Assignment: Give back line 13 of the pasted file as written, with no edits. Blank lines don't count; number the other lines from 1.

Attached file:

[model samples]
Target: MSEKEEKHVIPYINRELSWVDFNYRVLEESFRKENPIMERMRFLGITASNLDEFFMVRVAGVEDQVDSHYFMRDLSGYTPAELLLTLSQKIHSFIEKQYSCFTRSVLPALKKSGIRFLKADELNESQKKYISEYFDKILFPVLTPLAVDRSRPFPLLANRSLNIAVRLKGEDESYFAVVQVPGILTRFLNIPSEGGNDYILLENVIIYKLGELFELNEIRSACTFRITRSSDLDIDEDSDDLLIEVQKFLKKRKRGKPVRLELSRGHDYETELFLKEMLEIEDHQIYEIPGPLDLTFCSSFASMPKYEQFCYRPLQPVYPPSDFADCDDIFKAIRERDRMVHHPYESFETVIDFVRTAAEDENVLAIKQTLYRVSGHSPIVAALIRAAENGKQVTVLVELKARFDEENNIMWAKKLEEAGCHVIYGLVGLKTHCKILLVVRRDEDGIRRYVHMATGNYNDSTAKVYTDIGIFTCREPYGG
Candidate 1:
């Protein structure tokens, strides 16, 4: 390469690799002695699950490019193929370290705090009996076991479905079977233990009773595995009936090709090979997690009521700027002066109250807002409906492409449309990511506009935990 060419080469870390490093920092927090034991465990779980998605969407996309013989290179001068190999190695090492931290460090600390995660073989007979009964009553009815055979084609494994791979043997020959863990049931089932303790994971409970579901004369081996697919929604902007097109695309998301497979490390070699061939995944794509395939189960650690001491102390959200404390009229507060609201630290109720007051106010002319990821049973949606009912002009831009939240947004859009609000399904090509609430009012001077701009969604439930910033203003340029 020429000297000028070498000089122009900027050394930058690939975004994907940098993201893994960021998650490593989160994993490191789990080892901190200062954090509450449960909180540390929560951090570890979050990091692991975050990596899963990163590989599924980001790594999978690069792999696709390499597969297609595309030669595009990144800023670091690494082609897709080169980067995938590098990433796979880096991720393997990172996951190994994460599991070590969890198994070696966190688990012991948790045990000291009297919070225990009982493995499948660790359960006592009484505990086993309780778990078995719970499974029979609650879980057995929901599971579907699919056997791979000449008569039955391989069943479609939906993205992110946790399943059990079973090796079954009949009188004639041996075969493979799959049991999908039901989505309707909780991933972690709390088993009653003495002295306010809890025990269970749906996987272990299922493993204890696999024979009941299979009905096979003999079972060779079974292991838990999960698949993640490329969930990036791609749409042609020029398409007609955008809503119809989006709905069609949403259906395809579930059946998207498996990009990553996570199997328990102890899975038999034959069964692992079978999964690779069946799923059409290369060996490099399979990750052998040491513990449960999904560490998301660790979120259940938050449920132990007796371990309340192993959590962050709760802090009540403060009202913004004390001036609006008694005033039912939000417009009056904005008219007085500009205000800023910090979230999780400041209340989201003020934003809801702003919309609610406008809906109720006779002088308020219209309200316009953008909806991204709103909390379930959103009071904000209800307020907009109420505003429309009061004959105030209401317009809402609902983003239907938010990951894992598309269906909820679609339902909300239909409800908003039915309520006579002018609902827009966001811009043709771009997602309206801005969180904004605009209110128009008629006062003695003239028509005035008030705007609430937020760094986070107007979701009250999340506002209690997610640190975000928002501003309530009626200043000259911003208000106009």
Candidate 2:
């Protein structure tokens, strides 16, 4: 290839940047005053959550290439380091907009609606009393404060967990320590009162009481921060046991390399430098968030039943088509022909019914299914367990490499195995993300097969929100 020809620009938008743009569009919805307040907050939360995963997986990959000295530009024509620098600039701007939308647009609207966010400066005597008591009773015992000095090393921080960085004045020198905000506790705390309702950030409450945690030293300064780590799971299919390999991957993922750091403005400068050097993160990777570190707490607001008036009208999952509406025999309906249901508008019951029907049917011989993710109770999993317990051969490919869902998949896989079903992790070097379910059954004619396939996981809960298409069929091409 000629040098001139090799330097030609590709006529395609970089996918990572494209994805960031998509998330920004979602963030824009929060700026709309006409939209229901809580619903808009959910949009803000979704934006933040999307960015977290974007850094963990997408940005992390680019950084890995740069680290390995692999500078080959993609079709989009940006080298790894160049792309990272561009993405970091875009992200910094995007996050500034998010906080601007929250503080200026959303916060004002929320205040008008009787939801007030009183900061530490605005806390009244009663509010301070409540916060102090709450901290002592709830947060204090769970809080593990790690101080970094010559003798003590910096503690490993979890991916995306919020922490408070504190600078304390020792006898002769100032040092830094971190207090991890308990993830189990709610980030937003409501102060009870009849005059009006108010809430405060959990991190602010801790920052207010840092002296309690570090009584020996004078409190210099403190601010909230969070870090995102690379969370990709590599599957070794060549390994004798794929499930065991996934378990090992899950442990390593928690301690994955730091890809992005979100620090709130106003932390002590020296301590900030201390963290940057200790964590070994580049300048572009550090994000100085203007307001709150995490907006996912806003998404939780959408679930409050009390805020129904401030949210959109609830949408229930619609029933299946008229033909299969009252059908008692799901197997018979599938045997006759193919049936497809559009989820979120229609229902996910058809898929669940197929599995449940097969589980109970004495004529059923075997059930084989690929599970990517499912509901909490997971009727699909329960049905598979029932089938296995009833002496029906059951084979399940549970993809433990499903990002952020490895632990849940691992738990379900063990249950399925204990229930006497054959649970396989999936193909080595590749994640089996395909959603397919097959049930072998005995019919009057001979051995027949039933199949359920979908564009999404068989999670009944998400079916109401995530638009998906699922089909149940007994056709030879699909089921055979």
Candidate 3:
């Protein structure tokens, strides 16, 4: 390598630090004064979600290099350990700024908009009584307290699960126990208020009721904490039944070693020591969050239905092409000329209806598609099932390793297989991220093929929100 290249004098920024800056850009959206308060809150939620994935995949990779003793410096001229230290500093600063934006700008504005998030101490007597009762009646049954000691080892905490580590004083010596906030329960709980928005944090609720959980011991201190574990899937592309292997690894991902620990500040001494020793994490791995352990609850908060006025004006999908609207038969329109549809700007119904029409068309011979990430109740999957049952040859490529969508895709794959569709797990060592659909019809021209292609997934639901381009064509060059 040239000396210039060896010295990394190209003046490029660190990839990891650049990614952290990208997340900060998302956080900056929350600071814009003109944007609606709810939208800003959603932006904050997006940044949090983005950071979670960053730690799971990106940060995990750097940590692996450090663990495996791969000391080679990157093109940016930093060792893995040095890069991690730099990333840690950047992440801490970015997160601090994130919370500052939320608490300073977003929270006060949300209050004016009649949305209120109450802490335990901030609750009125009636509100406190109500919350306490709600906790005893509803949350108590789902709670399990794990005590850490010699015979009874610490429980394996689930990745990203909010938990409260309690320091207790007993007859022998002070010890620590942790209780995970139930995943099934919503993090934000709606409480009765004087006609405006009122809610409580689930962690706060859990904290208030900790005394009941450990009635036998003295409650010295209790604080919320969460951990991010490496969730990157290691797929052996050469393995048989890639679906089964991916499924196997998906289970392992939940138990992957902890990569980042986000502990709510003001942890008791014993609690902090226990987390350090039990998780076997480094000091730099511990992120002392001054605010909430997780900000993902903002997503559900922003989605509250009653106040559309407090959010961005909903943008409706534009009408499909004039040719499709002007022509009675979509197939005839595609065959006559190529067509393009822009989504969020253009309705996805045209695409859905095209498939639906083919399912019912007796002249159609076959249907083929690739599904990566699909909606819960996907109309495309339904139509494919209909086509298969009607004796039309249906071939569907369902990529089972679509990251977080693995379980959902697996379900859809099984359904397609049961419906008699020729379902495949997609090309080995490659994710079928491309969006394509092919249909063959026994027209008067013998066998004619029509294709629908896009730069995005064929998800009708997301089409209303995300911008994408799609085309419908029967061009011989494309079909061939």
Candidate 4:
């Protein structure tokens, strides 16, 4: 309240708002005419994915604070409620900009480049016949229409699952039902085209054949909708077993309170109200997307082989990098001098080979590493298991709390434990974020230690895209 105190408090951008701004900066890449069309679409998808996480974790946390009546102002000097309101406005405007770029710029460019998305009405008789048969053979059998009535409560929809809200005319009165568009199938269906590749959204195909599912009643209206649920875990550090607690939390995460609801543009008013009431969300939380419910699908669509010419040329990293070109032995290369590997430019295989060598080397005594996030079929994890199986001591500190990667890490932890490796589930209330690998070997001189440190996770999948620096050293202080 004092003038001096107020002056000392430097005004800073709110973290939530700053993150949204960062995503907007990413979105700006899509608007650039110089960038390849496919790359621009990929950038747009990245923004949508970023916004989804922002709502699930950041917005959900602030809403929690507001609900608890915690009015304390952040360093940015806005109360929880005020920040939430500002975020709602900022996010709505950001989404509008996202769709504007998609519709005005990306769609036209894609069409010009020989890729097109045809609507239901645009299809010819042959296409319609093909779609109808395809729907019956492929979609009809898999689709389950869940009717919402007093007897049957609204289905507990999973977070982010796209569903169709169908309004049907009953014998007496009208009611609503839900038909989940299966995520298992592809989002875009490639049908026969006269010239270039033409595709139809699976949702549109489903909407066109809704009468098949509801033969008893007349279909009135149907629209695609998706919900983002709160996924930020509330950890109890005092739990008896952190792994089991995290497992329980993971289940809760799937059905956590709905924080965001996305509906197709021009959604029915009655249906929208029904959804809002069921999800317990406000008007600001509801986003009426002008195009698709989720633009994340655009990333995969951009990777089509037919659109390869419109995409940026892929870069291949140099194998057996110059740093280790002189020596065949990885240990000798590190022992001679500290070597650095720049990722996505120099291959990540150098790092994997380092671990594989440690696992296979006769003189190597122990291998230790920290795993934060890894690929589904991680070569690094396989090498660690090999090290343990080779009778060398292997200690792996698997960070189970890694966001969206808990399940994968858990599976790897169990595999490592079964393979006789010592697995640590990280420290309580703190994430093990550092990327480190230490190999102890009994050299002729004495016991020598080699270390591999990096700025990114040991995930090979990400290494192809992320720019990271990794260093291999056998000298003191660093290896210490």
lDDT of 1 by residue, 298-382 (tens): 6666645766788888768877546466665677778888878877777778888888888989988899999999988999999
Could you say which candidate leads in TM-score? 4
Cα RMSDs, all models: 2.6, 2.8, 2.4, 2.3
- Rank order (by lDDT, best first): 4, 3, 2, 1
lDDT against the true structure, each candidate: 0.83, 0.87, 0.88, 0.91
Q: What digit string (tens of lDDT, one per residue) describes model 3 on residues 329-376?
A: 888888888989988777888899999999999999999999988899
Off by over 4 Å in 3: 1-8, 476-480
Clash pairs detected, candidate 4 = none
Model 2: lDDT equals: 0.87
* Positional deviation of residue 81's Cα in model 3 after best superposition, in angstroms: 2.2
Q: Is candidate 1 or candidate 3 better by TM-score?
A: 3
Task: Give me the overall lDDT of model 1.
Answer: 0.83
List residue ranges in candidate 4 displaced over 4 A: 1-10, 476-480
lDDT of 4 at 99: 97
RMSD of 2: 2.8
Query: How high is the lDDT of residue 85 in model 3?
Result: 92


Cα RMSDs, all models: 2.6, 2.8, 2.4, 2.3